Shedding her skin

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people The queen of sizzle, Mallika Sherawat, was in the city to promote her film Hisss. She sounded part politician, part philosopher. What happened to her on-screen item-ness, wonders NIKHIL VARMA

Humble pie Mallika: ‘It is the common man who has made me what I am' Photo: V. Sreenivasa Murthy
Humble pie Mallika: ‘It is the common man who has made me what I am' Photo: V. Sreenivasa Murthy

H er 17 kisses in “Khwaish” in 2003, catapulted Mallika Sherawat to instant stardom — not only in India, but across the world. With her success came an entire new brigade of films, which at once shed their conservative outlook and made bold statements: in a way taking on the times by its horns. Mallika won acclaim outside the country with her role in “The Myth” and after Ashwariya Rai Bachchan, is probably the most well-known Indian film star in the West.

In Bangalore at the Reliance Trends store to promote her latest movie “Hisss” , the husky-voiced Mallika said: “The best part of the movie was that I managed to get over my fear of snakes as during the shoot, I used to be surrounded by them.”

“Hisss”, she says, is inspired by the many ichchadari nag-nagin tales that have been filmed in India. “This movie basically moves the story into a contemporary setting.”

By the way, did you know Mallika loves Bangalore and has even acted in a Kannada movie. “I enjoyed working in that movie. We had massive crowds thronging the areas where we shot. I have always had a very good time in Bangalore.”

She touches a chord, when she says that Bollywood needs to become more Indian, in its outlook. “Most Hindi movies are shot in exotic foreign locations and have nothing to do with the country or its traditions, barring the characters. This movie makes an attempt to break that monotony. In India, the snake holds a very important position in mythology. A movie on the very concept of an Ichchadari naag is bound to be very popular. It has not been attempted for many years now,” Mallika puts it rather tamely.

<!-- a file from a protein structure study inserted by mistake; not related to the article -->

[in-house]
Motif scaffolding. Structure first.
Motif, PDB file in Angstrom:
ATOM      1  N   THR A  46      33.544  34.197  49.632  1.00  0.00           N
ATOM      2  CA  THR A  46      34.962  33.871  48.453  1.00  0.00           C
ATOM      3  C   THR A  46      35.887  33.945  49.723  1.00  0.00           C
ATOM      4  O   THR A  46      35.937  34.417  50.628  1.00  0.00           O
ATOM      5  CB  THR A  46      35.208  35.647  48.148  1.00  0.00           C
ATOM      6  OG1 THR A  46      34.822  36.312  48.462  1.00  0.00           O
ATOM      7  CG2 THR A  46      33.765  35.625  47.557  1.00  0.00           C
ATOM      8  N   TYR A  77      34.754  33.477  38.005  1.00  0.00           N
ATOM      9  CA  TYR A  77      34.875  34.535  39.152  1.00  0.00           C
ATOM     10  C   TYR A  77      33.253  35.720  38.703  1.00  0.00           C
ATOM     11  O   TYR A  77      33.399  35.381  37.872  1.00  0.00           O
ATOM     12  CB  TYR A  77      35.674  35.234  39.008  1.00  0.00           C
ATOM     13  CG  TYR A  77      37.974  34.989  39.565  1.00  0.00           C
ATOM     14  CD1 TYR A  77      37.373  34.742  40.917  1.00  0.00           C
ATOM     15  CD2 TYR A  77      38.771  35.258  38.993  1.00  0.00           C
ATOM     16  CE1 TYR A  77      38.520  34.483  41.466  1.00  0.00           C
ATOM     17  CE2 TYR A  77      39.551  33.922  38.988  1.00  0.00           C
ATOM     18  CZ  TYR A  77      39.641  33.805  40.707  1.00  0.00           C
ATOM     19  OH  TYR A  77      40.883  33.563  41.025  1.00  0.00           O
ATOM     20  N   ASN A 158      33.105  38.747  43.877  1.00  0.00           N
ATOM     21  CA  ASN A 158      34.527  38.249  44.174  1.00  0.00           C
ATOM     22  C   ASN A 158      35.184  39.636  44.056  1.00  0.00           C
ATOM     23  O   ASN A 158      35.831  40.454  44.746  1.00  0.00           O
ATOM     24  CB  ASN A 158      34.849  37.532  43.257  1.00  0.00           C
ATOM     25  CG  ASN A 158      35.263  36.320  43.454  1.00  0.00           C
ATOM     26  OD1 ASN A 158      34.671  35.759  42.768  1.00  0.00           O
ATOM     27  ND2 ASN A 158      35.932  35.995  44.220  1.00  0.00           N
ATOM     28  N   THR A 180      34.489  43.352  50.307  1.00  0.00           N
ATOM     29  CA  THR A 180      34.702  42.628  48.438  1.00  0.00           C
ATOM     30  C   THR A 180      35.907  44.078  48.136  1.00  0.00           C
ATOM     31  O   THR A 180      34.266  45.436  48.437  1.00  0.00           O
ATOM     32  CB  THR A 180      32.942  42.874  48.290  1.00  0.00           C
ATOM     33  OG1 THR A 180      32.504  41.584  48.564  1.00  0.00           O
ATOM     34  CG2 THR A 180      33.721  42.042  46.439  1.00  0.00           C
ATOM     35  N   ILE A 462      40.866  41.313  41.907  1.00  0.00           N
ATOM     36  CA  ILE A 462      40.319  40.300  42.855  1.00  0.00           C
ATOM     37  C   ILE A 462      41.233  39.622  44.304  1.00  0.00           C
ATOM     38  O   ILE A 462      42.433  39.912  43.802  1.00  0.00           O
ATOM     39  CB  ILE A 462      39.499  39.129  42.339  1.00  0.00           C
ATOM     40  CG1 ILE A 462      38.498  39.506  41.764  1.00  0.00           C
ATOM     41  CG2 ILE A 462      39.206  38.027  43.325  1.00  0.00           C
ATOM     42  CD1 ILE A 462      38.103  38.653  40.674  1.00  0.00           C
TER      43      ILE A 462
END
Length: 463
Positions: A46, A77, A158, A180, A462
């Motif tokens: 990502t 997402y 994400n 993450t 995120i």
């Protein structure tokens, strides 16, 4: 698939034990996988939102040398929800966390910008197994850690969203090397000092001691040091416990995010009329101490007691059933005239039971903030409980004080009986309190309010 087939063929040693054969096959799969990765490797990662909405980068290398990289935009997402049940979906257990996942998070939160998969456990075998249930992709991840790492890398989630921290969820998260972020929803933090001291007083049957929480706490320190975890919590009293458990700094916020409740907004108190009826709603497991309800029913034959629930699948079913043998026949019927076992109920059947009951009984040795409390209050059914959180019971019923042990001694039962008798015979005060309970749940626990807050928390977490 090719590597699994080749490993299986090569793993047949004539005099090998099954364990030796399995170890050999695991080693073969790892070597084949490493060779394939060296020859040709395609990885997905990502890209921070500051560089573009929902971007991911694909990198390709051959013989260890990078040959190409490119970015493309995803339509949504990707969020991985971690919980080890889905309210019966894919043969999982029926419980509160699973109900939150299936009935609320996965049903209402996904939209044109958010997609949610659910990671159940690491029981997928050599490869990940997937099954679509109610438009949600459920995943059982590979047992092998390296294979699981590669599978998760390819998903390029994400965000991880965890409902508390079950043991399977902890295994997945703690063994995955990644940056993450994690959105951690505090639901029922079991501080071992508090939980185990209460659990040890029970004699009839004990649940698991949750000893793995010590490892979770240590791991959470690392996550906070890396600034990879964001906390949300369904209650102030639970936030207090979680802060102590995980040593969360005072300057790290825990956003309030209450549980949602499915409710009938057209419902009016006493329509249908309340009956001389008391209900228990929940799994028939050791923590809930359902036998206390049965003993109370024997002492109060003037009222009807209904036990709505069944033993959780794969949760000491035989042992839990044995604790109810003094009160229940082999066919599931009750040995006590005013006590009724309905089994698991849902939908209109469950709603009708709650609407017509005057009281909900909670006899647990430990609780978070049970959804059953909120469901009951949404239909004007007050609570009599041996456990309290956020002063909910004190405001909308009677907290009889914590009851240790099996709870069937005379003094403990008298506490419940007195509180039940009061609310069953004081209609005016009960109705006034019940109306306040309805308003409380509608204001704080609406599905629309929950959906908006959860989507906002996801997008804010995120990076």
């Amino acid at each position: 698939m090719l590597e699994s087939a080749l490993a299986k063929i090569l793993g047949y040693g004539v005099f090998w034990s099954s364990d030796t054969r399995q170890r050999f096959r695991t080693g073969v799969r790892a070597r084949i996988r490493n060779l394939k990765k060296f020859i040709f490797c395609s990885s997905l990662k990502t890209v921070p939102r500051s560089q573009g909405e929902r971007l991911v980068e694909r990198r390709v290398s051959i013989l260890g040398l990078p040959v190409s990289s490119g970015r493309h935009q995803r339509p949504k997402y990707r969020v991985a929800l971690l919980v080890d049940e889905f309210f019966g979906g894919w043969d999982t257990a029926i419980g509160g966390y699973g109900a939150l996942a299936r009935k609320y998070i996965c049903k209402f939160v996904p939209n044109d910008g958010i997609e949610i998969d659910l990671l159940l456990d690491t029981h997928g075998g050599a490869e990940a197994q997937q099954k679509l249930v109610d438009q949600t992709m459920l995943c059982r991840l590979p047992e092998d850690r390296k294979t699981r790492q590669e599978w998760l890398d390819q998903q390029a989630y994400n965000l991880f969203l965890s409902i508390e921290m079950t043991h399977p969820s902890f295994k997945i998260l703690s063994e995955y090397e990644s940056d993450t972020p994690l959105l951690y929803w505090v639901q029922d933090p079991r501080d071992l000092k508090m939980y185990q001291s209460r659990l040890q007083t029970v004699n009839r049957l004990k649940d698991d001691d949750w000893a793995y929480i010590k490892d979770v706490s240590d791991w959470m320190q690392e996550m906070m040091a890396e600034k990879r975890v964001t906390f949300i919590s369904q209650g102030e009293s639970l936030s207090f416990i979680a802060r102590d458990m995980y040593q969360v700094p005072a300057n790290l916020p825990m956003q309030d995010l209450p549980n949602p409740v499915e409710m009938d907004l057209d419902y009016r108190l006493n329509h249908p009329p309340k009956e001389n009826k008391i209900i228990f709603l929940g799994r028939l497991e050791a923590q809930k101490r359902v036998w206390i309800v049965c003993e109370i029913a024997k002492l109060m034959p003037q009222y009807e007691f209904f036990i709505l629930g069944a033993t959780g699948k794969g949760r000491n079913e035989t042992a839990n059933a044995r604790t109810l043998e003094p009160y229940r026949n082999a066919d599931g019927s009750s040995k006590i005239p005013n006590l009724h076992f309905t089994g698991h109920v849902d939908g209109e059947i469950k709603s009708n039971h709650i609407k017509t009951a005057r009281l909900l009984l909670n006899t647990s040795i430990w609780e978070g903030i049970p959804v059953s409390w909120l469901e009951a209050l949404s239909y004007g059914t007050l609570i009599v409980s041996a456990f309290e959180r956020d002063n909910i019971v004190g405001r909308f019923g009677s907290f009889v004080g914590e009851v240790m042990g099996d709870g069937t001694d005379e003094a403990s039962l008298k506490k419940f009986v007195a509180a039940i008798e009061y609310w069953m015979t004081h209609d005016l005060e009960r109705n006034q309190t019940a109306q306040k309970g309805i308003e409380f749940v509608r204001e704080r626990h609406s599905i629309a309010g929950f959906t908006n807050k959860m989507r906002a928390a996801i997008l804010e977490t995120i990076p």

Going by the trailers flooding our TV screens, the costumes (or the lack of it!) do play a very important part in the movie.

“It was very tough. Getting in and out of the costumes was a tiresome process, especially since shooting some of the sequences took many hours to complete. When I was in costume, I was virtually immobile. I could not move, eat and had to be carried across the set.”

The raunchiest was also the most daring; crawling in the mud and kissing a snake, played a vital role in removing her fear for the reptile.

Though Mallika was initially terrified at the very thought, she felt that the snake has been her best on-screen lover.

Playing such challenging roles leaves no room to multitask in multiple films. Mallika believes in doing one thing at a time. “It helps me get into my character better.”

If hard work is one factor, the big portion of her success goes to her fans -- “they helped me graduate from being a girl next door to being a fairly successful actor.”

With the air of a politician in the making, she launches into a small speech, “It is the common man, who stands in long lines to buy tickets for my films, he has made me what I am.”

Now tempering it with a bit of philosophy, the big fan of Hollywood adds, You get to be recognised for the person you are in Hollywood and are not judged for everything you do. The world is becoming a global village and everyone is getting a chance to prove themselves.”

Incidentally, Mallika a huge fan of the American President, is getting to work on a film loosely based on him. She boasts, “Bill Clinton promised that he would also watch the movie. It was a proud moment.”

Once the acting part is finished, Mallika says that she is fairly detached about the commercial success of the film. “As long as I have done my job well and everyone has put in their best for the movie, I am happy. I am not very perturbed by box office result.”




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